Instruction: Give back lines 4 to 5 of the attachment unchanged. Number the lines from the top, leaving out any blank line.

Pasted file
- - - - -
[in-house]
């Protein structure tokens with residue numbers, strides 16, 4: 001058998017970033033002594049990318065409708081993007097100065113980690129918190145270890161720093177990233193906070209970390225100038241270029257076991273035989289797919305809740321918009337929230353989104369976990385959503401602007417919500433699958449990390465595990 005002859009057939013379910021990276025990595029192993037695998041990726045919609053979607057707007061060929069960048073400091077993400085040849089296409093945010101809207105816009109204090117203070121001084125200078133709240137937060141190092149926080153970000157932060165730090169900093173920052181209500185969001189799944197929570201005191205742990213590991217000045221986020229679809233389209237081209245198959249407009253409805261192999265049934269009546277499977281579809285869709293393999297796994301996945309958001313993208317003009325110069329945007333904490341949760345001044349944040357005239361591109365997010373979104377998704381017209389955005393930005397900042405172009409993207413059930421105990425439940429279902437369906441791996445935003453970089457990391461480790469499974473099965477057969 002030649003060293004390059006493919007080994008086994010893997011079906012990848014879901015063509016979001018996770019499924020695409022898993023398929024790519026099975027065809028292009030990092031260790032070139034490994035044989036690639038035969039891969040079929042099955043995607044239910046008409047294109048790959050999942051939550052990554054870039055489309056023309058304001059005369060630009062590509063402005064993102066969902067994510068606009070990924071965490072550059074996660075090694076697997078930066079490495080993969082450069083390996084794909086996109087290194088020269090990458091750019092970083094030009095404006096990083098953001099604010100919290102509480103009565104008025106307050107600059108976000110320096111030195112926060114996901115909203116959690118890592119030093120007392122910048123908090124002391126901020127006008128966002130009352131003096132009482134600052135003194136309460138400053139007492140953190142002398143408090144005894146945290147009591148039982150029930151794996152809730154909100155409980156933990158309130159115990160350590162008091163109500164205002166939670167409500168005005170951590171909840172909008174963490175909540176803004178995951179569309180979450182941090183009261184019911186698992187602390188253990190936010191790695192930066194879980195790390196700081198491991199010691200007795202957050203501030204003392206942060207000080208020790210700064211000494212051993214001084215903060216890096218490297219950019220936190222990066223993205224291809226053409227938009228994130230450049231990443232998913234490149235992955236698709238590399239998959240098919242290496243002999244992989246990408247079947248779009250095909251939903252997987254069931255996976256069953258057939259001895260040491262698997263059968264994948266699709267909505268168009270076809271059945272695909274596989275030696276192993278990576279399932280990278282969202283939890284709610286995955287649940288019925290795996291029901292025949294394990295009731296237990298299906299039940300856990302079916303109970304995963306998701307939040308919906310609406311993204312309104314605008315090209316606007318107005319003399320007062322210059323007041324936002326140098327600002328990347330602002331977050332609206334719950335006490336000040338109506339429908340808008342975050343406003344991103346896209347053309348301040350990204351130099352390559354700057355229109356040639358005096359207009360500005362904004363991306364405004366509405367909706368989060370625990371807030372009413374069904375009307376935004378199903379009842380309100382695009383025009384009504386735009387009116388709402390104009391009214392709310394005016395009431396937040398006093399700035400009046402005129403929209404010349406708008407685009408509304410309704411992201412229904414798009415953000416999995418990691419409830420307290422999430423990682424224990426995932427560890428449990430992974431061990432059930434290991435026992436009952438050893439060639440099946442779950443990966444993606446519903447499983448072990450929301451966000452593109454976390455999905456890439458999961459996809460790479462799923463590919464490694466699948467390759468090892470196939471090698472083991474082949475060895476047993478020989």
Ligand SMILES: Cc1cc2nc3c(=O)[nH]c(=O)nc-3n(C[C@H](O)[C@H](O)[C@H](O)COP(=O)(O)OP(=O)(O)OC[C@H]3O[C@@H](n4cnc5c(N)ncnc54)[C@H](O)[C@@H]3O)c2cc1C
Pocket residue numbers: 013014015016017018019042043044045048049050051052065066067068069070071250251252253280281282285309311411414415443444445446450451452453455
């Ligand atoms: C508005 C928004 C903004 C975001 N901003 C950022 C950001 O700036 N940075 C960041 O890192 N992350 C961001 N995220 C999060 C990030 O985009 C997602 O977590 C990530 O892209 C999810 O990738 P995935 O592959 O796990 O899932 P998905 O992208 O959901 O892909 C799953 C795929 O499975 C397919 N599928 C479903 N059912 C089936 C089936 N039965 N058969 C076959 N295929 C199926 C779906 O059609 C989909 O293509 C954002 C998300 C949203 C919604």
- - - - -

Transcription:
Pocket residue numbers: 013014015016017018019042043044045048049050051052065066067068069070071250251252253280281282285309311411414415443444445446450451452453455
């Ligand atoms: C508005 C928004 C903004 C975001 N901003 C950022 C950001 O700036 N940075 C960041 O890192 N992350 C961001 N995220 C999060 C990030 O985009 C997602 O977590 C990530 O892209 C999810 O990738 P995935 O592959 O796990 O899932 P998905 O992208 O959901 O892909 C799953 C795929 O499975 C397919 N599928 C479903 N059912 C089936 C089936 N039965 N058969 C076959 N295929 C199926 C779906 O059609 C989909 O293509 C954002 C998300 C949203 C919604």